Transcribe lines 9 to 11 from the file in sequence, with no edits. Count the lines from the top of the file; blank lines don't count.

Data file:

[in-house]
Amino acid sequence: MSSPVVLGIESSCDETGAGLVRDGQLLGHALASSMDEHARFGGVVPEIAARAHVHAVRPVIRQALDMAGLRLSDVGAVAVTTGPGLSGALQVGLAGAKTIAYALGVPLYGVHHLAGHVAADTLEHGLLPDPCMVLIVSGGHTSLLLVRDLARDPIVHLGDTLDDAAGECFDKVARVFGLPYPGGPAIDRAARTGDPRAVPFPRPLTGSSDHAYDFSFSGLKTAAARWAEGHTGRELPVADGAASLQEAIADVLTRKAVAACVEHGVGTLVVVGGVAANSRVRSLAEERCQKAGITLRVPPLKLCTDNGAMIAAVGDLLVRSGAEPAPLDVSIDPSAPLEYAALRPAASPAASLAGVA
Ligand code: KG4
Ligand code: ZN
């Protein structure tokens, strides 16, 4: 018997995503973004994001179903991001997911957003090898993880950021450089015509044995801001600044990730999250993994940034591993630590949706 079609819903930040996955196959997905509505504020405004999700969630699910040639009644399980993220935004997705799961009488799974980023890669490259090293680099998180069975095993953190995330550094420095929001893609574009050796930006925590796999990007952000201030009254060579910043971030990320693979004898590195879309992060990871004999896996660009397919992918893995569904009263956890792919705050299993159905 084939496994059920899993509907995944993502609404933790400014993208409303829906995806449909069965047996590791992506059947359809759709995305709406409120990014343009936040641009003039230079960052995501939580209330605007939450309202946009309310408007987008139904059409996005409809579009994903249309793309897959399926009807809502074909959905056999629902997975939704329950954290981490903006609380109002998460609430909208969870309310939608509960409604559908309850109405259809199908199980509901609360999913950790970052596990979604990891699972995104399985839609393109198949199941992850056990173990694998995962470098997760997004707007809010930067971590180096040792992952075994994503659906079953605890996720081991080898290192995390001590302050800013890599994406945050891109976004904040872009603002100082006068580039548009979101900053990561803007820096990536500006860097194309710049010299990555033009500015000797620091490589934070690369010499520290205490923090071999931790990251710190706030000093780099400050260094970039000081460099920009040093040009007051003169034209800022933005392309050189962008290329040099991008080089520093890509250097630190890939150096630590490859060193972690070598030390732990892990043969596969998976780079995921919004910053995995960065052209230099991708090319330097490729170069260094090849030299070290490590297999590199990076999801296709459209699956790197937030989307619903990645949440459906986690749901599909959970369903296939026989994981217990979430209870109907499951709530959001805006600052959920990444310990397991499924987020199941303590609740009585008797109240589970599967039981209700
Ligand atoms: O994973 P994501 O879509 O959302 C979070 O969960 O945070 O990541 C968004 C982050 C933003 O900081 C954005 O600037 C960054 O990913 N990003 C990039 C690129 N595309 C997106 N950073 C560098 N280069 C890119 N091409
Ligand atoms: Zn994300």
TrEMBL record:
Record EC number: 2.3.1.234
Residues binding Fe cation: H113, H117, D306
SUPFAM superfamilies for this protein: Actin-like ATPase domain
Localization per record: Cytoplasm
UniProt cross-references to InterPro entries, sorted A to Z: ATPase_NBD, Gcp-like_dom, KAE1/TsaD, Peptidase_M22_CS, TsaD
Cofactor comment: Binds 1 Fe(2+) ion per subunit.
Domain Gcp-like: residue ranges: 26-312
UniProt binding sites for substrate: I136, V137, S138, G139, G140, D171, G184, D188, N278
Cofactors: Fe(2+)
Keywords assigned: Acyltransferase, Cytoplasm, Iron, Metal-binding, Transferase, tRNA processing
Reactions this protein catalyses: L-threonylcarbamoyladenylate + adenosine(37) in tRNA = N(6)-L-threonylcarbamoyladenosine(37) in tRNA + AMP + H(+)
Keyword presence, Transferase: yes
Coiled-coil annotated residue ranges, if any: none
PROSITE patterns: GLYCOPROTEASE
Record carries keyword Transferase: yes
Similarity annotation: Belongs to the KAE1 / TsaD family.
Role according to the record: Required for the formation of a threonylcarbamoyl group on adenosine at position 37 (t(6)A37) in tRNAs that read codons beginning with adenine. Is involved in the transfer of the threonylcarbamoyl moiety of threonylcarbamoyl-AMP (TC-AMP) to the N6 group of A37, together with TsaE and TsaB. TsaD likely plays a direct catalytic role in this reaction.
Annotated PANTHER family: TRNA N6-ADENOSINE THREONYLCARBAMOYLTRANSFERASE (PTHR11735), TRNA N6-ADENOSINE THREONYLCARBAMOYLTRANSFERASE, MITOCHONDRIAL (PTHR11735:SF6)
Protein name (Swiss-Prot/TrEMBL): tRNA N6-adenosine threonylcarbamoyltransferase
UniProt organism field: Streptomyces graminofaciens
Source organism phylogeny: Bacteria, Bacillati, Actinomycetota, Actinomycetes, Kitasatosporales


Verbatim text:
Record EC number: 2.3.1.234
Residues binding Fe cation: H113, H117, D306
SUPFAM superfamilies for this protein: Actin-like ATPase domain